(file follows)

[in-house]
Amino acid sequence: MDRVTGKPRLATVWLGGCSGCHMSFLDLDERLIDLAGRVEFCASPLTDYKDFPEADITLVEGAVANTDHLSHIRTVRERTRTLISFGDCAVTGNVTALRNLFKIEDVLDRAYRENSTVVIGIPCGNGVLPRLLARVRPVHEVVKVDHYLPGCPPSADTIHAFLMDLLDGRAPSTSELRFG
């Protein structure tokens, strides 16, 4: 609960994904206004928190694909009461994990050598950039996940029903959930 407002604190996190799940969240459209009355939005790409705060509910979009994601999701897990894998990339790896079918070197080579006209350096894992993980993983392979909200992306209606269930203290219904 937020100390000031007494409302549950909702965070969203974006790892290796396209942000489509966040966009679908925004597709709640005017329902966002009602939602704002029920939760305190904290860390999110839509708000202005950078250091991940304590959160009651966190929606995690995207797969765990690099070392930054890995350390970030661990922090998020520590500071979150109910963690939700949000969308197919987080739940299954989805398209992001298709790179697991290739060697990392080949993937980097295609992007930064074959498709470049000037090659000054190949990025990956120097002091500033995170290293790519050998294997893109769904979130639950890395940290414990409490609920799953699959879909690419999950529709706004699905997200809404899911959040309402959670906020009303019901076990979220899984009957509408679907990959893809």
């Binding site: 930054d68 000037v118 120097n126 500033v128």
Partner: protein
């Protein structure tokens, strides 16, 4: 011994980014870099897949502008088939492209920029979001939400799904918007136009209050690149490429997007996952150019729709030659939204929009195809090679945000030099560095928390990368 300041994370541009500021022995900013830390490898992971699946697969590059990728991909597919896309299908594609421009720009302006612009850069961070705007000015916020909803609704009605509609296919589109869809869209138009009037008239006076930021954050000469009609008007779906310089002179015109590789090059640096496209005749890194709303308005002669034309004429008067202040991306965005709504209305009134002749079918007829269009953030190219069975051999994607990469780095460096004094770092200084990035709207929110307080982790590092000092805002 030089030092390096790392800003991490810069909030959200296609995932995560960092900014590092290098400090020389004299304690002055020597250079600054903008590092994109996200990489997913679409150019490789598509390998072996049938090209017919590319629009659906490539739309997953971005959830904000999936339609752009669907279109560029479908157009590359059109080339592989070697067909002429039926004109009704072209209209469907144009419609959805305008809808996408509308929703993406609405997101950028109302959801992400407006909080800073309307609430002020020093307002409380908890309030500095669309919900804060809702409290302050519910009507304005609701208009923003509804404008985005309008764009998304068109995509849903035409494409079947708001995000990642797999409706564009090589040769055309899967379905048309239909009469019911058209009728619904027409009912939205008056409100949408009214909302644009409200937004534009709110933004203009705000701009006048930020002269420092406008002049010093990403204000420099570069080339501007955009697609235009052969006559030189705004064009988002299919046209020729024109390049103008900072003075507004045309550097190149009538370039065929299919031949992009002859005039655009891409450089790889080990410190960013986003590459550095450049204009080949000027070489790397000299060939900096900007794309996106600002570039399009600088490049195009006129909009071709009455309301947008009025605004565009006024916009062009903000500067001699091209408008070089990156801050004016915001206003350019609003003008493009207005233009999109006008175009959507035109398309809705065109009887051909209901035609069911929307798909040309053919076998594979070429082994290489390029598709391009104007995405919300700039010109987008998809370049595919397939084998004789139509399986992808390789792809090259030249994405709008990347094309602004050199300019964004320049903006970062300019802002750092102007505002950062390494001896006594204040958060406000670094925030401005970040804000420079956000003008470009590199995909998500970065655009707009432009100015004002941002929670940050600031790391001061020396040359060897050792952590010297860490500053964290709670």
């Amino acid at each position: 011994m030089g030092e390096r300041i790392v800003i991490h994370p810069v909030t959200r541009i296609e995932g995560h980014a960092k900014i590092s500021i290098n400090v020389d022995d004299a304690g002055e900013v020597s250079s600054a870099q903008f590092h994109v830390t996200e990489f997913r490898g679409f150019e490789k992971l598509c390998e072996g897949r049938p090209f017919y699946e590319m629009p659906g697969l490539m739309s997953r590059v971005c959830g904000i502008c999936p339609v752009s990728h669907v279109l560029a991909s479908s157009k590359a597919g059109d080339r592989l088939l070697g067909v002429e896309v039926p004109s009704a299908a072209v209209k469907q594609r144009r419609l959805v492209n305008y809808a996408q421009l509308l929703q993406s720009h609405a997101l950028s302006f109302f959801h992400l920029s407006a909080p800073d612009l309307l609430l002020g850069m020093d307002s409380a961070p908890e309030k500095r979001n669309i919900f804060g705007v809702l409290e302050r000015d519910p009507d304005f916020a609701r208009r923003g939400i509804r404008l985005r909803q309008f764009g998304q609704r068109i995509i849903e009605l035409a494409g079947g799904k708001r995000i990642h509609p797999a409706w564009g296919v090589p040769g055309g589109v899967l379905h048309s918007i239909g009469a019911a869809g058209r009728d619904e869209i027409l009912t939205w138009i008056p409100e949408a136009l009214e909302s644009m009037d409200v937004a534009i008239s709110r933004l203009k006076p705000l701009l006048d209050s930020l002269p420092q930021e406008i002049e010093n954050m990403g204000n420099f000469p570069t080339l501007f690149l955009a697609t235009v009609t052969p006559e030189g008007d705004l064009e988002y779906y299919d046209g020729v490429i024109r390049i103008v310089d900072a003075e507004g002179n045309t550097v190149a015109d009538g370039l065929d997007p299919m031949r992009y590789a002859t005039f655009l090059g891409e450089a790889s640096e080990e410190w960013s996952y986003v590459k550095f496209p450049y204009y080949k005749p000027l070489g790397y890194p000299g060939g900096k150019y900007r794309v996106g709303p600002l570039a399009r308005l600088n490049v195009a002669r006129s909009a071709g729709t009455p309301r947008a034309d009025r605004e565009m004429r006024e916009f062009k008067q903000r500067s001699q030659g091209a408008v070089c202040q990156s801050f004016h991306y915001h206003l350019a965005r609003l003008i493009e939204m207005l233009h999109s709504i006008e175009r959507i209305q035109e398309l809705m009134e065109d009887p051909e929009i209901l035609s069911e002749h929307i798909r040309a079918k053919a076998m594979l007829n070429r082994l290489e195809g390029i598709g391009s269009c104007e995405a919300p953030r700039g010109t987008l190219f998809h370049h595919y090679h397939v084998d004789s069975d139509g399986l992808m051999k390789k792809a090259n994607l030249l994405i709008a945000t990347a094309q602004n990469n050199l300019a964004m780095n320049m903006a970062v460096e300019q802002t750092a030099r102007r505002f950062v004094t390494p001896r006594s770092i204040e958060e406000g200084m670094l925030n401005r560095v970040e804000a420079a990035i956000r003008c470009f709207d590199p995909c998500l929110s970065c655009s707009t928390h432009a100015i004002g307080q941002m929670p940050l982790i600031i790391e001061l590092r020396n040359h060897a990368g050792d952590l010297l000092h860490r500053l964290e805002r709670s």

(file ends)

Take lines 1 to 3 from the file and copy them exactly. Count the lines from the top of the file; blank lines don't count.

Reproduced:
[in-house]
Amino acid sequence: MDRVTGKPRLATVWLGGCSGCHMSFLDLDERLIDLAGRVEFCASPLTDYKDFPEADITLVEGAVANTDHLSHIRTVRERTRTLISFGDCAVTGNVTALRNLFKIEDVLDRAYRENSTVVIGIPCGNGVLPRLLARVRPVHEVVKVDHYLPGCPPSADTIHAFLMDLLDGRAPSTSELRFG
């Protein structure tokens, strides 16, 4: 609960994904206004928190694909009461994990050598950039996940029903959930 407002604190996190799940969240459209009355939005790409705060509910979009994601999701897990894998990339790896079918070197080579006209350096894992993980993983392979909200992306209606269930203290219904 937020100390000031007494409302549950909702965070969203974006790892290796396209942000489509966040966009679908925004597709709640005017329902966002009602939602704002029920939760305190904290860390999110839509708000202005950078250091991940304590959160009651966190929606995690995207797969765990690099070392930054890995350390970030661990922090998020520590500071979150109910963690939700949000969308197919987080739940299954989805398209992001298709790179697991290739060697990392080949993937980097295609992007930064074959498709470049000037090659000054190949990025990956120097002091500033995170290293790519050998294997893109769904979130639950890395940290414990409490609920799953699959879909690419999950529709706004699905997200809404899911959040309402959670906020009303019901076990979220899984009957509408679907990959893809």